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What the NLRB Decision on Boeing Means

One of the more important decisions that has come down from the NLRB is the recent ruling that Boeing must maintain a second production line in its Washington State plant rather than move production of some of its Dreamliner 787 work to its non-unionized plant in South Carolina. 

  According to the Acting General Counsel of the NLRB, Boeing violated the National Labor Relations Act (NLRA) by “making coercive statements and threats to employees for engaging in statutorily protected activities, and by deciding to place the second line at a non-union facility, and establish a parts supply program nearby, in retaliation for past strike activity and to chill future strike activity by its union employees.”

  Boeing officials said in a video-taped press statement that, "the overriding factor (in transferring the line) was not the business climate.  And it was not the wages we’re paying today.  It was that we cannot afford to have a work stoppage, you know, every three years."

  That statement and others are in direct violation of Section 7 of the NLRA that protects “concerted activity,” and are considered an Unfair labor Practice under Section 8(a)(1) and (3) of the Act.

  In plain language, Boeing officials not only made the mistake of breaking the law but also justified it on the record. Certainly the case would have been more difficult to prove if the public statements had not been made.

  While the National Association of Manufacturers (NAM) and Senator Jim DeMint (R-SC), have demonstrated the expected outrage, neither of their statements have considered the fact that Boeing broke the law.

The NLRB Fact Sheet can be accessed at

New Hampshire Right-Work Bill Almost Law

  The New Hampshire Senate passed a right-to-work bill by a veto-proof majority on April 20. It is the first state in the Northeast to pass this type of anti-union law.

   If New Hampshire enacts this bill, it will join 22 right-to-work states that make it illegal for unionized workers who negotiate a labor contract that requires each member who benefits from the agreement to pay for the costs involved in negotiating and policing the contract.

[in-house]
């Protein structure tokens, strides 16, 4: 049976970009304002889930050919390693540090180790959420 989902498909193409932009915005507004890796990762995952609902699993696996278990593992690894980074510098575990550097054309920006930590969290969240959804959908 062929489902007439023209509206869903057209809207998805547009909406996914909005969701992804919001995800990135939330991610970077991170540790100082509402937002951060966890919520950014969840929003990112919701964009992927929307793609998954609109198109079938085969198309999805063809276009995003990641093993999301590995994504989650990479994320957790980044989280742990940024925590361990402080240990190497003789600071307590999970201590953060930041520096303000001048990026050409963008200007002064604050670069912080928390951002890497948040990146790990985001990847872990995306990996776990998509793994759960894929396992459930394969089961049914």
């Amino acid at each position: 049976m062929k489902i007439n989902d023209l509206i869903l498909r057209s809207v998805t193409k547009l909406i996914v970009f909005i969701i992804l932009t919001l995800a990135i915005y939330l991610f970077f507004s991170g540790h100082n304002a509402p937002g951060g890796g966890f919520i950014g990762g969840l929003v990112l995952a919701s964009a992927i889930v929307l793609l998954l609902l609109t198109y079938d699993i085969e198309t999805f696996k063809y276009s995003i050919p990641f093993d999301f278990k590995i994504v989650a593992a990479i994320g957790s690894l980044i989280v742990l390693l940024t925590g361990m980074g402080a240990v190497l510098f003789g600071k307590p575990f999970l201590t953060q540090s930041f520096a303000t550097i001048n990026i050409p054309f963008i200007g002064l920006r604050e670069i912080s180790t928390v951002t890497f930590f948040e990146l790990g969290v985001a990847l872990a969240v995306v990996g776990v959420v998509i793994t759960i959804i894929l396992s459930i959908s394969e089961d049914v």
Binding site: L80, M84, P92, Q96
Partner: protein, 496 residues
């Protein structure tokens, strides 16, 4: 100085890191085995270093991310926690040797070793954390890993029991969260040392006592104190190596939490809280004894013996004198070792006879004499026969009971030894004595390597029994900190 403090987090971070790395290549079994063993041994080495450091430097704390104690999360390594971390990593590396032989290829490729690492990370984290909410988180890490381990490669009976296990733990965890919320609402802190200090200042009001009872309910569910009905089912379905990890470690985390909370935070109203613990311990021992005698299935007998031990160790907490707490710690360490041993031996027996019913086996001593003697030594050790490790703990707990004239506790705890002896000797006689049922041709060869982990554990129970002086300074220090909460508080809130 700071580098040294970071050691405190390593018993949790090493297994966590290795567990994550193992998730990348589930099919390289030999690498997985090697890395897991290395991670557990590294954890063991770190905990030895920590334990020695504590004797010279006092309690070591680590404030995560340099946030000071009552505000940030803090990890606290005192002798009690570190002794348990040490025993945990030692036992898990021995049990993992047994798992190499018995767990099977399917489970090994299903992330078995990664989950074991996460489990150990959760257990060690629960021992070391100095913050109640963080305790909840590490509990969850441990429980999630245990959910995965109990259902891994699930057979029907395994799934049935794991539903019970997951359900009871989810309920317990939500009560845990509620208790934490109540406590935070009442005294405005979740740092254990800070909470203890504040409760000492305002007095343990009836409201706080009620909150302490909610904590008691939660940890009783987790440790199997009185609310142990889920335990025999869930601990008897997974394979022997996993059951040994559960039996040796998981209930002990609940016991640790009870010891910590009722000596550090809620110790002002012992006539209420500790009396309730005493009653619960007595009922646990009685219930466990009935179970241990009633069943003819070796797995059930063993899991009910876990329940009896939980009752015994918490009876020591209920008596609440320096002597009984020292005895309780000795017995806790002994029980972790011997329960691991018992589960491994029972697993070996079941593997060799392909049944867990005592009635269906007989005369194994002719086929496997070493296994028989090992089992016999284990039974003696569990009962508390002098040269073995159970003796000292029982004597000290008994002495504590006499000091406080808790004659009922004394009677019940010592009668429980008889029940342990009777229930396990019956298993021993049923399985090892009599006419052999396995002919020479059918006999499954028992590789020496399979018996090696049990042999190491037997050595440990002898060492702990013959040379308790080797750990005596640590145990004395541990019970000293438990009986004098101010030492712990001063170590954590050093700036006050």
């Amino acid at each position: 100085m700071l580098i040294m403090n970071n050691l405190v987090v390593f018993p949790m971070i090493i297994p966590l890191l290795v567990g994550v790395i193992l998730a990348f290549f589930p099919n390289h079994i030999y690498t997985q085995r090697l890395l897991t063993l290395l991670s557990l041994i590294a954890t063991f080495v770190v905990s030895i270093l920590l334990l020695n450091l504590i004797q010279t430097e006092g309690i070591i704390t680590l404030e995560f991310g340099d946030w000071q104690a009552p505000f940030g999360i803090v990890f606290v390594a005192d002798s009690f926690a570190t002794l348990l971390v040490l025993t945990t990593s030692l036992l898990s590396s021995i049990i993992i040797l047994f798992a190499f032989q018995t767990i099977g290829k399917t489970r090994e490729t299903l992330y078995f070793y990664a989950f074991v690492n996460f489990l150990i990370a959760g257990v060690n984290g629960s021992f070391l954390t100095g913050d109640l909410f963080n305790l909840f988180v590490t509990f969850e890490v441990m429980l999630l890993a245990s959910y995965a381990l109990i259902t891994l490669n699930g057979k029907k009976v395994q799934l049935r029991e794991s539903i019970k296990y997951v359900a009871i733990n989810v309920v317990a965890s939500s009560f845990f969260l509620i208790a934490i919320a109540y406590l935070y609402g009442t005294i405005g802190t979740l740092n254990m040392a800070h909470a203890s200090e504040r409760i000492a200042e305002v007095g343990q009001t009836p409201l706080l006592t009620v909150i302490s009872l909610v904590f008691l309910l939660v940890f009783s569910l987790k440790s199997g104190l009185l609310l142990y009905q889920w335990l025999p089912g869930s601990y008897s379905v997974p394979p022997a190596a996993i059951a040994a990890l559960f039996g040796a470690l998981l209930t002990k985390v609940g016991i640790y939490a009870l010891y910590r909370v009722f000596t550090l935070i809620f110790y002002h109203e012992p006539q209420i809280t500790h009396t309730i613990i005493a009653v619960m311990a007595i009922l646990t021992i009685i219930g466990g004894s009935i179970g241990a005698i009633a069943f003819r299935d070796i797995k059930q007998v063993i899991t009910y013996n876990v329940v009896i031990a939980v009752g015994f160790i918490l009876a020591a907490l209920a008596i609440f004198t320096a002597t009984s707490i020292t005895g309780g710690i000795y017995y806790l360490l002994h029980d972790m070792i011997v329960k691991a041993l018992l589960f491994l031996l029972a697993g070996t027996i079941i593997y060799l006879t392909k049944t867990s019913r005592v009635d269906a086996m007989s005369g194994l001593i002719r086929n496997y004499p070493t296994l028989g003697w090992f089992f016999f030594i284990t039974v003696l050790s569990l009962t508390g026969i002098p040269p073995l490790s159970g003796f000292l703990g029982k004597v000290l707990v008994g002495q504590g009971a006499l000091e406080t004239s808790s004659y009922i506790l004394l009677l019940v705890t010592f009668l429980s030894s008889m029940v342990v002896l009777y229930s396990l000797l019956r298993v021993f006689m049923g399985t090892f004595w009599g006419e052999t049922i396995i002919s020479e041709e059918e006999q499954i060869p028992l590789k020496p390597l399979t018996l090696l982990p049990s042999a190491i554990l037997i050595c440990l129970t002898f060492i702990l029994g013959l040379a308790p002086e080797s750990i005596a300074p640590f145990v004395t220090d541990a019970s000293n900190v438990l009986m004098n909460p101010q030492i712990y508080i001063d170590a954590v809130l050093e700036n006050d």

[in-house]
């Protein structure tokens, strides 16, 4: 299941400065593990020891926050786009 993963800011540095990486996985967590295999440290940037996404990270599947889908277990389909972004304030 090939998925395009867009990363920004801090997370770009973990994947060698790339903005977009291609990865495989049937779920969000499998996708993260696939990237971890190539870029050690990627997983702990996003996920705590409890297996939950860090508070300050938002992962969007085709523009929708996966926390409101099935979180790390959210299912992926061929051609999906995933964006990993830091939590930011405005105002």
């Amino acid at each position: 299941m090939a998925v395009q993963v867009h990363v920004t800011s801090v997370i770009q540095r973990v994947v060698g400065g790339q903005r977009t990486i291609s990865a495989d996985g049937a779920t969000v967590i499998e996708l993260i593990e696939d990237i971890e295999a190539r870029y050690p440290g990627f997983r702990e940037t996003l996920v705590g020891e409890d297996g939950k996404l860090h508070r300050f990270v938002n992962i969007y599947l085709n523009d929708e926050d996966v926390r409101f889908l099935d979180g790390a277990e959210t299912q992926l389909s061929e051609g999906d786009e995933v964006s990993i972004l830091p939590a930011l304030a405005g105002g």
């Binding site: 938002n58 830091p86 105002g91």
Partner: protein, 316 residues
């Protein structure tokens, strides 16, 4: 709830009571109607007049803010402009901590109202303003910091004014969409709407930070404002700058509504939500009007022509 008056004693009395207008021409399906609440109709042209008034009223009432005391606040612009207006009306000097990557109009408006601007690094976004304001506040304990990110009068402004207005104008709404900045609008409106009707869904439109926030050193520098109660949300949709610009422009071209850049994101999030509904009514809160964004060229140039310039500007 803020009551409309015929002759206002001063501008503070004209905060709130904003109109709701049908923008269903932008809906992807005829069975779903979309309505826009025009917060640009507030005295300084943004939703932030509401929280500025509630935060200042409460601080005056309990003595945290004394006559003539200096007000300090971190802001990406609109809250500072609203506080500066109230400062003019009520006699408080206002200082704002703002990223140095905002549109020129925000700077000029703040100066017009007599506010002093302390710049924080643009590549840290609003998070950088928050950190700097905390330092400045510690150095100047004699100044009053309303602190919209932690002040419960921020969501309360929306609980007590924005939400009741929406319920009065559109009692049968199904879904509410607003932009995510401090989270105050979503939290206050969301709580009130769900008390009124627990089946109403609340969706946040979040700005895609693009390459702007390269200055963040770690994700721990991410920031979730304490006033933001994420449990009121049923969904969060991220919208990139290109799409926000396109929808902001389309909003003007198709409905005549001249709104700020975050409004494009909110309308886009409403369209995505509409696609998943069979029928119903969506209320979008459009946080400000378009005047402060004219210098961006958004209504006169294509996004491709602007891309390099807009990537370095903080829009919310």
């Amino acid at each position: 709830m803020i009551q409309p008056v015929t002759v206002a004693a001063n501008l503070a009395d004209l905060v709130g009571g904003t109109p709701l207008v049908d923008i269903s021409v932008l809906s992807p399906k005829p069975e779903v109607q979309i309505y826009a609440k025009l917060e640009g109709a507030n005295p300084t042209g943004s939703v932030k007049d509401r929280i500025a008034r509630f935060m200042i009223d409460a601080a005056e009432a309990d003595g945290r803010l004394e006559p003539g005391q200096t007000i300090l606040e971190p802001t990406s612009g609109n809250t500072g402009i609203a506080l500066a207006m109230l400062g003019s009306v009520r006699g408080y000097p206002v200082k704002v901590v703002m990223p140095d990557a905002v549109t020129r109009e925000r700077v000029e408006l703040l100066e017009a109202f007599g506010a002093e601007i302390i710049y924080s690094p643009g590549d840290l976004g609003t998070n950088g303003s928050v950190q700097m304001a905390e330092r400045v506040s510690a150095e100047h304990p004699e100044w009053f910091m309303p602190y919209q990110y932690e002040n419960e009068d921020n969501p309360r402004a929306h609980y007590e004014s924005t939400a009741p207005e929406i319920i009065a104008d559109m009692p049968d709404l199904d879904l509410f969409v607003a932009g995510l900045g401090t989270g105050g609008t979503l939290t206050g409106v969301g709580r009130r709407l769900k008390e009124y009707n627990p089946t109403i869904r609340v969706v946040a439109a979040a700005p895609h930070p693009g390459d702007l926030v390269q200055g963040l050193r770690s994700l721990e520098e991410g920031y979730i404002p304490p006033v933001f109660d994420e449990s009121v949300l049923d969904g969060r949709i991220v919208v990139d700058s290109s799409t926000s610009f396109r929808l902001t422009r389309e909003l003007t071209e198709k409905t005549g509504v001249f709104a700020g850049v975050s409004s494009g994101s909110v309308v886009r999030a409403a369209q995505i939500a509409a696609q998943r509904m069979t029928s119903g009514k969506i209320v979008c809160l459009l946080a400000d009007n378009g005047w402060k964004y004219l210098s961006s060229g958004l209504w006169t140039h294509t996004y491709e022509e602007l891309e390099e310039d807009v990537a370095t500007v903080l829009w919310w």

New Hampshire Governor John Lynch says he does not support this measure but both state houses have large enough majorities appear to be able to override a veto.

   The House bill included a provision, removed by the Senate, that said unions were not required to represent employees who did not join or pay dues.  The House must either agree with the Senate version or work to reconcile the differences before the legislation is sent to the governor. 

   Data demonstrates over and over that right-to-work laws lower wages, benefits and work standards for both union and nonunion workers without showing any positive impact on job growth. Welcome New Hampshire to the race to the bottom.

State Pension Update

While Illinois and New Jersey, the bad boys of pension underfunding seem to dominate the news, most other states are not suffering the dire predictions set out by public pension critics and talking point conservatives. 

Nonetheless, a number of states have used the “sky is falling” cries to alter the public sector pension landscape. According to PEW Center on the States researchers, 29 states made changes in the last three years to their retirement plans by increasing employee contributions or reducing benefits.  Only three houses passed laws requiring their states to set aside enough money for all their obligations.

   Some states are now considering changing the pension plans of current public workers after an arbitrator ruled that Detroit could educe the pensions being earned by police sergeants and lieutenants. The city was allowed to reduce the rate at which the officers earned pension benefits from 2.5 percent of salary per year to 2.1 percent. 

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